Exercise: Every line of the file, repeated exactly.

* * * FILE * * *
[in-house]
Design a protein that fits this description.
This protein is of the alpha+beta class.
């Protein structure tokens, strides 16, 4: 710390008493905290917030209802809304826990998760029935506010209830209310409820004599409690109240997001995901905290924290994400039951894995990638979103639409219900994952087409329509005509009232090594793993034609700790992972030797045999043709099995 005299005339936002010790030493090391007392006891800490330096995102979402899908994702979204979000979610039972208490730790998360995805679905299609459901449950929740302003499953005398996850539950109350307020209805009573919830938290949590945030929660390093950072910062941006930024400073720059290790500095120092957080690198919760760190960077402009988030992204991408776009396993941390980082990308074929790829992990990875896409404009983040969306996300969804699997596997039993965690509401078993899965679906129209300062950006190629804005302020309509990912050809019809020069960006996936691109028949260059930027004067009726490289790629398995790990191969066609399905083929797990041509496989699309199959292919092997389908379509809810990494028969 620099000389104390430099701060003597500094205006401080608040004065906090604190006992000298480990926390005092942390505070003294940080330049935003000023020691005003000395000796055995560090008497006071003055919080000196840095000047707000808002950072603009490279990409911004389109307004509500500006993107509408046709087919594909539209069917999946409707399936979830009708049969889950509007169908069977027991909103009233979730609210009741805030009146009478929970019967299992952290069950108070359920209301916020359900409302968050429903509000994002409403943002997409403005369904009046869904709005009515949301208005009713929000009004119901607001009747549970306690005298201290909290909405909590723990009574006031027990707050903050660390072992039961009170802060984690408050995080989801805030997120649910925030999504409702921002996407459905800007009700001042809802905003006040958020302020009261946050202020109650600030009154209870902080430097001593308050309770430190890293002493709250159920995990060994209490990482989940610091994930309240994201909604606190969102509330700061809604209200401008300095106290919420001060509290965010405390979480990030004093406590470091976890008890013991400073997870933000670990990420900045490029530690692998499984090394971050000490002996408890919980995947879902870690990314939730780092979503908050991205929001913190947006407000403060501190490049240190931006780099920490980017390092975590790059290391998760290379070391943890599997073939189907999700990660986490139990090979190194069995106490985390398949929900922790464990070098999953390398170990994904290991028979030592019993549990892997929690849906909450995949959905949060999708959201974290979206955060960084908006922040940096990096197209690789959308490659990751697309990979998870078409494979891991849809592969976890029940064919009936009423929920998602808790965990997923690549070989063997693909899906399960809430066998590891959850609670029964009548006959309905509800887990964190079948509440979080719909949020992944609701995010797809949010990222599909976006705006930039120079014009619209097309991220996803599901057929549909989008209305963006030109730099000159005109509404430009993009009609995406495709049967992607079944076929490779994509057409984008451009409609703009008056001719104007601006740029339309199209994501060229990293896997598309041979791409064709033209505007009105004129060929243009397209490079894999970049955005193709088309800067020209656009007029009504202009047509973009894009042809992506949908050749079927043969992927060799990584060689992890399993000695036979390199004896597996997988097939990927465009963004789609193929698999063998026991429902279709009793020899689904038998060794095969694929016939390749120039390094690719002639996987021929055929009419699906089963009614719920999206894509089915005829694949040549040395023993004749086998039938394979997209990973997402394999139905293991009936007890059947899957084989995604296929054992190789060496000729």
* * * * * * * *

[in-house]
Design a protein that fits this description.
This protein is of the alpha+beta class.
């Protein structure tokens, strides 16, 4: 710390008493905290917030209802809304826990998760029935506010209830209310409820004599409690109240997001995901905290924290994400039951894995990638979103639409219900994952087409329509005509009232090594793993034609700790992972030797045999043709099995 005299005339936002010790030493090391007392006891800490330096995102979402899908994702979204979000979610039972208490730790998360995805679905299609459901449950929740302003499953005398996850539950109350307020209805009573919830938290949590945030929660390093950072910062941006930024400073720059290790500095120092957080690198919760760190960077402009988030992204991408776009396993941390980082990308074929790829992990990875896409404009983040969306996300969804699997596997039993965690509401078993899965679906129209300062950006190629804005302020309509990912050809019809020069960006996936691109028949260059930027004067009726490289790629398995790990191969066609399905083929797990041509496989699309199959292919092997389908379509809810990494028969 620099000389104390430099701060003597500094205006401080608040004065906090604190006992000298480990926390005092942390505070003294940080330049935003000023020691005003000395000796055995560090008497006071003055919080000196840095000047707000808002950072603009490279990409911004389109307004509500500006993107509408046709087919594909539209069917999946409707399936979830009708049969889950509007169908069977027991909103009233979730609210009741805030009146009478929970019967299992952290069950108070359920209301916020359900409302968050429903509000994002409403943002997409403005369904009046869904709005009515949301208005009713929000009004119901607001009747549970306690005298201290909290909405909590723990009574006031027990707050903050660390072992039961009170802060984690408050995080989801805030997120649910925030999504409702921002996407459905800007009700001042809802905003006040958020302020009261946050202020109650600030009154209870902080430097001593308050309770430190890293002493709250159920995990060994209490990482989940610091994930309240994201909604606190969102509330700061809604209200401008300095106290919420001060509290965010405390979480990030004093406590470091976890008890013991400073997870933000670990990420900045490029530690692998499984090394971050000490002996408890919980995947879902870690990314939730780092979503908050991205929001913190947006407000403060501190490049240190931006780099920490980017390092975590790059290391998760290379070391943890599997073939189907999700990660986490139990090979190194069995106490985390398949929900922790464990070098999953390398170990994904290991028979030592019993549990892997929690849906909450995949959905949060999708959201974290979206955060960084908006922040940096990096197209690789959308490659990751697309990979998870078409494979891991849809592969976890029940064919009936009423929920998602808790965990997923690549070989063997693909899906399960809430066998590891959850609670029964009548006959309905509800887990964190079948509440979080719909949020992944609701995010797809949010990222599909976006705006930039120079014009619209097309991220996803599901057929549909989008209305963006030109730099000159005109509404430009993009009609995406495709049967992607079944076929490779994509057409984008451009409609703009008056001719104007601006740029339309199209994501060229990293896997598309041979791409064709033209505007009105004129060929243009397209490079894999970049955005193709088309800067020209656009007029009504202009047509973009894009042809992506949908050749079927043969992927060799990584060689992890399993000695036979390199004896597996997988097939990927465009963004789609193929698999063998026991429902279709009793020899689904038998060794095969694929016939390749120039390094690719002639996987021929055929009419699906089963009614719920999206894509089915005829694949040549040395023993004749086998039938394979997209990973997402394999139905293991009936007890059947899957084989995604296929054992190789060496000729």